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Bar News - January 15, 2010

Morning Mail: Attorney Voir Dire A Better Way to Prevent Juror Misconduct

I do not believe that the Michigan rule proposed by Attorney Douglas (See the Dec. 18 issue of Bar News) is the answer to current juror issues. In the Merrimack County case, the jurors did just what they should have done – immediately attempting to silence the offending juror before he completed his disclosure; then the foreperson reported the event immediately to the bailiff. The bailiff informed the judge, who took immediate action to prevent the spread of the information by isolating the jurors and ordering them not to discuss it further. She then summoned counsel. The entire process worked as it needed to, and seamlessly. (Has the term "like clockwork" been rendered archaic and meaningless by technology yet?)

The jurors knew their duty and had no compunction about bringing the problem to the Court’s attention, despite the absence of the Michigan rule.

Of greater concern to a fair trial are the jurors, like the unrepentant Merrimack County juror, who hide their agendas to get on the jury and mete out justice by their own rules. The Michigan rule would warn off the ones who, spurred on by conservative commentators who claim millions of followers, are over-optimistic that they will find like-minded people on the jury. These folks are likely to show their hand in some way, and are the easiest to discover. The Michigan rule would hinder their apprehension by driving them underground.

The Merrimack County juror apparently had not thoroughly reviewed the "Stealth Juror" manual, available for $9.95 through one of the bigger booksellers on the Internet. It is a guidebook for those who find a sense of purpose in defying governmental authority in pursuit of conservative demagogues’ notions of justice. They are not affected and would not be detected by the Michigan rule.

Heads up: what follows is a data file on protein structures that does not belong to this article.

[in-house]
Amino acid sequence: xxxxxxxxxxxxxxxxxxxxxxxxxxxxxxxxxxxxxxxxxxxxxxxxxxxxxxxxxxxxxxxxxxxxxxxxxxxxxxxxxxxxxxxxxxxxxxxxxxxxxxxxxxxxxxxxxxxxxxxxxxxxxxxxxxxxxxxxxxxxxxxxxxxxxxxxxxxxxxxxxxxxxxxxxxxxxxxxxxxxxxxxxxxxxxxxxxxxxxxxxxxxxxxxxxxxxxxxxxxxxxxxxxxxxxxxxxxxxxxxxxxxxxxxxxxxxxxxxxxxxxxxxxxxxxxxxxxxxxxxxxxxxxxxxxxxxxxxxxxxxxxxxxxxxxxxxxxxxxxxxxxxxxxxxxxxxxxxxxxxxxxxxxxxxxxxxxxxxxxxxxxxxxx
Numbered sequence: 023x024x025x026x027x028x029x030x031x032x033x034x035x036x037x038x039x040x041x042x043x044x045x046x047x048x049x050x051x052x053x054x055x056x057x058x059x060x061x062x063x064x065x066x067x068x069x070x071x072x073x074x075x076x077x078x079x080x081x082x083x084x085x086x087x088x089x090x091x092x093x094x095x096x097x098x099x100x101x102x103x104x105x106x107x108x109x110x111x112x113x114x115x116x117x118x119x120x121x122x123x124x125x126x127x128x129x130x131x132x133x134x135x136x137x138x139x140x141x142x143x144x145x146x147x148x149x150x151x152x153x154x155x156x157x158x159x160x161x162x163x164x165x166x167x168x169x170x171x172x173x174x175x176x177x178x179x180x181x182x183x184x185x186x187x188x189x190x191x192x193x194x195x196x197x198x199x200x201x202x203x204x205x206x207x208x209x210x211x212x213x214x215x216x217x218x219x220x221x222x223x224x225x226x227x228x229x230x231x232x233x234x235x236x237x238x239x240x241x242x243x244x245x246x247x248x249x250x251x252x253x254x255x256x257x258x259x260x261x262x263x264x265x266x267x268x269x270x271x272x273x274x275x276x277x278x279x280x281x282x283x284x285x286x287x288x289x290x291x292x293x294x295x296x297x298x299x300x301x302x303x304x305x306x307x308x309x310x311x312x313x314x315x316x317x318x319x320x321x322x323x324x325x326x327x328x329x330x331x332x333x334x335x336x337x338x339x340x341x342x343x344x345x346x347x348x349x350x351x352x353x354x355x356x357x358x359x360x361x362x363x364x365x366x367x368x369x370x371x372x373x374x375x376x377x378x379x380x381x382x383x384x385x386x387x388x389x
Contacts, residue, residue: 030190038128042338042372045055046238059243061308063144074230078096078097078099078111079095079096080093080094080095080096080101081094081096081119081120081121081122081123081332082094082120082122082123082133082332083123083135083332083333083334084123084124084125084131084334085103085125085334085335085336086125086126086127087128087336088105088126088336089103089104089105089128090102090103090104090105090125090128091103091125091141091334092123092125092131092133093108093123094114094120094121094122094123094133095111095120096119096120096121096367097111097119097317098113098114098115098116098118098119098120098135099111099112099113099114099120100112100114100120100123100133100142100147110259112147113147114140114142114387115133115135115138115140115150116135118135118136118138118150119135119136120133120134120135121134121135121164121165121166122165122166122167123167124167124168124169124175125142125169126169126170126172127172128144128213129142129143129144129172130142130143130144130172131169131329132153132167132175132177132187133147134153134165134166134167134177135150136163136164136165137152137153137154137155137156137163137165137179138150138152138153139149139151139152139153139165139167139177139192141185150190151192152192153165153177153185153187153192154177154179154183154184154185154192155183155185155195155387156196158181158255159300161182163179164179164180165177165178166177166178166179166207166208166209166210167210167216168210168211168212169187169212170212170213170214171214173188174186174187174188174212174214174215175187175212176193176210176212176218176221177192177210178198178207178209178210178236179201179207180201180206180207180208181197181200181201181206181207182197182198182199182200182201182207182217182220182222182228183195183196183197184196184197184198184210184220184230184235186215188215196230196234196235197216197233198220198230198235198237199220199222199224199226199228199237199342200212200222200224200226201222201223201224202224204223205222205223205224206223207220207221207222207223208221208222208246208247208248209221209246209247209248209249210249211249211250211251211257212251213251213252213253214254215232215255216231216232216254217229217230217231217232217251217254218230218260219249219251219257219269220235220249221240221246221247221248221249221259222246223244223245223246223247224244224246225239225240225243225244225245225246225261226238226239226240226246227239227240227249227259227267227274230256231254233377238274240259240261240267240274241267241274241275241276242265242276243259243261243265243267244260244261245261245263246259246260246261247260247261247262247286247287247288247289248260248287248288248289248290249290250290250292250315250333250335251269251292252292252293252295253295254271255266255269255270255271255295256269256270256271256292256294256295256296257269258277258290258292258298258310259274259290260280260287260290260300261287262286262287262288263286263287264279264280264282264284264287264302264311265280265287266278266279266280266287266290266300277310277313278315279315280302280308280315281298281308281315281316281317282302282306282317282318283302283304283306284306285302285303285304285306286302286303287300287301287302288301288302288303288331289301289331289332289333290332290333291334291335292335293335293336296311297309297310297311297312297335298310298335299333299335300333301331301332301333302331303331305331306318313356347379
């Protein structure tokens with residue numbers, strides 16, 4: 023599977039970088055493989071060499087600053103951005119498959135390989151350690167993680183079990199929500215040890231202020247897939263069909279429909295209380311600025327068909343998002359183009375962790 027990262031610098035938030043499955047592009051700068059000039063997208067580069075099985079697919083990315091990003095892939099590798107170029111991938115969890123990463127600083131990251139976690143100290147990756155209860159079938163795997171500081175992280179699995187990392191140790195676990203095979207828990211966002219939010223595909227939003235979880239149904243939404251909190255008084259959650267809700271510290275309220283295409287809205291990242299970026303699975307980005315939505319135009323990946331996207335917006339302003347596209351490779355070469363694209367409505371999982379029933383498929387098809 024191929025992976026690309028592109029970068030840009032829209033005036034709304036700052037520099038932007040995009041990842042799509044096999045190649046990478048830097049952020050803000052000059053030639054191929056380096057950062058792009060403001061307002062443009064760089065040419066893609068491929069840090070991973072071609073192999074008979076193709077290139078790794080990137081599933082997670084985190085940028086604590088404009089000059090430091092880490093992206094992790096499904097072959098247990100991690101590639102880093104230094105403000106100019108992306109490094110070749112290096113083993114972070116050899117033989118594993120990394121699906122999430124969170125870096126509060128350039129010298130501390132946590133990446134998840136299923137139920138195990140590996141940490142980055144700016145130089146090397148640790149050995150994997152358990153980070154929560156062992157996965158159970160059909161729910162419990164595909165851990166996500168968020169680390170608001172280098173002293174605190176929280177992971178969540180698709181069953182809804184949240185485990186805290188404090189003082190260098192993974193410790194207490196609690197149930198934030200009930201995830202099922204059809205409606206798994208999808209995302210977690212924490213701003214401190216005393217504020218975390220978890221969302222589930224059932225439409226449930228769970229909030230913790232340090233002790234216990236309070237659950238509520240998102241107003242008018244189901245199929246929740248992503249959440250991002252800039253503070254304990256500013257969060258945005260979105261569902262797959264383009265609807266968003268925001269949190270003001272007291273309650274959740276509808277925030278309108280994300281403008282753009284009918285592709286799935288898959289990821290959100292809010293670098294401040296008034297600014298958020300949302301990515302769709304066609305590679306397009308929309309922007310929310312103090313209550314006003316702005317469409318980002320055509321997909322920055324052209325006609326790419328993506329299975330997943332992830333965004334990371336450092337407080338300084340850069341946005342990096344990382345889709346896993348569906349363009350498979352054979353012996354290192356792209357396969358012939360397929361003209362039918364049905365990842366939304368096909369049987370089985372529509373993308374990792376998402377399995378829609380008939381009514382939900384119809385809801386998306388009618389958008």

Aided by the technology at which the rule aims, a juror with an agenda has unfettered and secret access to unlimited online information. No one will ever know unless they tell, though they are themselves no less infected with prohibited information, and therefore no less subversive of the legal process.

Criminal defense lawyers in this state have over the past year repeatedly been subjected to outside information’s influence upon or derailing of a jury, some more than once. I would be surprised if civil lawyers had not encountered the same thing. It seems to me that an increase in this type of juror misconduct ought reasonably to be addressed at jury selection, by way of incisive voir dire.

At least two judges, subsequent to the Merrimack County juror’s conviction, took the initiative to address jury panels especially on the importance of following the Court’s orders; and to assess jurors for willingness to comply. There appears to be no dispute among judges and lawyers as to the timing of the efforts to address this compound problem.

Principles of fair trial ought not to have to wait for extensive definition of the problem and development and refinement of a process to address it, when a proven process is available. It is my understanding that those judges who have allowed attorney-conducted voir dire have had positive experiences. People are used to standing pat in the face of authority, but the difference in the dynamic when interacting with a more equal player – the lawyer – can reveal a world of information. The lawyers also have a more directed approach in line with their knowledge of the issues and evidence.

Whether or not we enact the Michigan rule, and/or take away jurors’ web-enabled cell phones, if we are serious about meeting current technological and quasi-political challenges to the integrity of the fundamental right to a fair trial, attorney-conducted voir dire may be the process that is due.

Ted Barnes

NHLAP: A confidential Independent Resource

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